In this photo provided by Joseph Campanelli, rescuers dig out a woman buried in an avalanche she triggered in a steep ravine called Grizzly Gulch, just outside the Alta ski area east of Salt Lake City, Monday. AP photo.
SALT LAKE CITY — An avalanche that was caught on video dragged a backcountry skier into a Utah ravine and buried her in snow, but the woman survived because she deployed a special air bag and other skiers were able to quickly dig her out, witnesses said Tuesday.
Joe Campanelli just happened to be using his iPhone to record the sun-splayed Wasatch mountains Monday when the skier descended into a steep gully filled with loose snow in Grizzly Gulch, a short distance from the Alta ski area east of Salt Lake City.
“That is not a good slope to ski,” Campanelli says while recording. Moments later, the slope breaks, and he says, “You’re in a slide, bud!”
Campanelli abruptly stopped recording to help rescue the skier. His friend, Aaron Rice, told The Associated Press he used an avalanche beacon and a probe to find her location, then shoveled her out with help from others. She was buried in several feet of snow.
“She was breathing, talking,” Rice said Tuesday. “She said, ‘Thank you. I can’t believe you got here so quickly.’ She was completely shaken up.”
The woman was swept about 100 feet down the gully at an angle approaching 40 degrees, according to a report on the Utah Avalanche Center’s website (http://bit.ly/1gWDMq6 ). It happened in an area where ski patrol members don’t do any avalanche control, such as triggering slides before they can occur naturally and bury someone.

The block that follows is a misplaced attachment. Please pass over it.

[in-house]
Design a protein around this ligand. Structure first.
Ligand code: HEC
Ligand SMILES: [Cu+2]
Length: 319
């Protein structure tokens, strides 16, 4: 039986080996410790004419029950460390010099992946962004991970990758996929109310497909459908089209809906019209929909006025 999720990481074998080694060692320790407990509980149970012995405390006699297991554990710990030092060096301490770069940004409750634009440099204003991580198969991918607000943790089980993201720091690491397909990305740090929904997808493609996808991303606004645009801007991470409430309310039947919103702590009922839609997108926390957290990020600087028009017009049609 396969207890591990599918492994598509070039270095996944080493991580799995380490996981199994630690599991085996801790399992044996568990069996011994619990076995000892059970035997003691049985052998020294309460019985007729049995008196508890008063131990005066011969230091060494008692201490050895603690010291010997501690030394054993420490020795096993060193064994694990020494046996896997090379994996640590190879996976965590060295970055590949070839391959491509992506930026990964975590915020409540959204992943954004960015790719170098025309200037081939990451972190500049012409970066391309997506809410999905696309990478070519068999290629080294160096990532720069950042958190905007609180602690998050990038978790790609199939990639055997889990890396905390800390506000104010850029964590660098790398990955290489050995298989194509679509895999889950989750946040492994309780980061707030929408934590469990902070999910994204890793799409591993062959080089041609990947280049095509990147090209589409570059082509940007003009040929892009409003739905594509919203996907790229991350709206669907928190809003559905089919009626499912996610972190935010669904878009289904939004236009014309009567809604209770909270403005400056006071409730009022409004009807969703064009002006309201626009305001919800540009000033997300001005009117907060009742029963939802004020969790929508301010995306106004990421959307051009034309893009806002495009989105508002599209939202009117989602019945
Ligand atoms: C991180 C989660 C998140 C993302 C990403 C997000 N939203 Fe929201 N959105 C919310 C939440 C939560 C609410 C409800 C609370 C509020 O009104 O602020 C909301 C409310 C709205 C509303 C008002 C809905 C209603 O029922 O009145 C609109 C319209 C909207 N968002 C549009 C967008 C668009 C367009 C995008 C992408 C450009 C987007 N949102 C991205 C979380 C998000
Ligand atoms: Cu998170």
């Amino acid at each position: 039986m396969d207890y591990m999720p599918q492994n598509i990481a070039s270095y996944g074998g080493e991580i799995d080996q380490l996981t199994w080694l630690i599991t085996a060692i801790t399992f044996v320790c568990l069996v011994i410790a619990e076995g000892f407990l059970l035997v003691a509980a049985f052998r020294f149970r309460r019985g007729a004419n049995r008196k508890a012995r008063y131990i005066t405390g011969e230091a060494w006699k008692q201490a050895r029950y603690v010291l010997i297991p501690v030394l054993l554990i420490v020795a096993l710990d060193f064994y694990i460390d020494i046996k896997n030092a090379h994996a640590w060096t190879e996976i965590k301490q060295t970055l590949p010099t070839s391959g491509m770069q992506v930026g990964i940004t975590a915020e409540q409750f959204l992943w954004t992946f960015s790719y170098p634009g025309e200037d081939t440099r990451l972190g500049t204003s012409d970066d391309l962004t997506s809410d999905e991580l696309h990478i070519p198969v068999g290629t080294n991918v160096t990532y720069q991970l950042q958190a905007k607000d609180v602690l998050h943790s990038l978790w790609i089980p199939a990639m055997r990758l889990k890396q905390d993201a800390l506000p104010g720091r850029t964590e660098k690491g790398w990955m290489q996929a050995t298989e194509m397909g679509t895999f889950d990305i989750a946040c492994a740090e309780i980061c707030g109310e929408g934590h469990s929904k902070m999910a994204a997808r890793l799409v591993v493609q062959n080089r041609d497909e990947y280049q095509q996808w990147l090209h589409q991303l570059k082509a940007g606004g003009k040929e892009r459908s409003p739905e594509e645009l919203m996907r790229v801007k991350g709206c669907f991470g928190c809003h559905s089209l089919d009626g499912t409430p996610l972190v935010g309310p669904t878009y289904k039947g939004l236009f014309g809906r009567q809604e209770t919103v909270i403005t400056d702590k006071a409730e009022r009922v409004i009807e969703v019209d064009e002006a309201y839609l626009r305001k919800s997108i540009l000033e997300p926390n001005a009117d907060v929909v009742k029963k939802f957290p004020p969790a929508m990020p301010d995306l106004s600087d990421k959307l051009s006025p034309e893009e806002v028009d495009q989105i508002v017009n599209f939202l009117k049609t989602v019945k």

It was the first time this season that a person was rescued from an avalanche in Utah, and the woman is lucky to be alive and uninjured, said Bruce Tremper, director of the Utah Avalanche Center. He said Utah averages about four avalanche fatalities a year.
Officials said the terrain was tempting Monday — sparkling, unbroken powder on a glorious day.
“It’s a scenario we’re familiar with: The euphoria of being out in the fresh snow that can cloud your judgment,” avalanche forecaster Craig Gordon said.
The skier’s descent into a gully was so steep and short that her air bag had little time to work at keeping her above roiling snow. Still, it might have kept her from getting buried longer under much deeper snow, officials said.
The woman pulled a ripcord on an air bag-equipped backpack — a European-style safety device that is becoming more common in the Rocky Mountain backcountry.
The skier didn’t immediately return a message relayed by the AP through officials who declined to provide her name or phone number.
Every winter in Utah about 100 skiers trigger avalanches, 30 get caught in the slides and four die from it, and even for acknowledged experts it’s difficult to discern which slopes are safe to ski.
“It’s a crapshoot — a game of Russian roulette,” Tremper said. “People may perceive a slope to be safe, but there are booby traps all around.”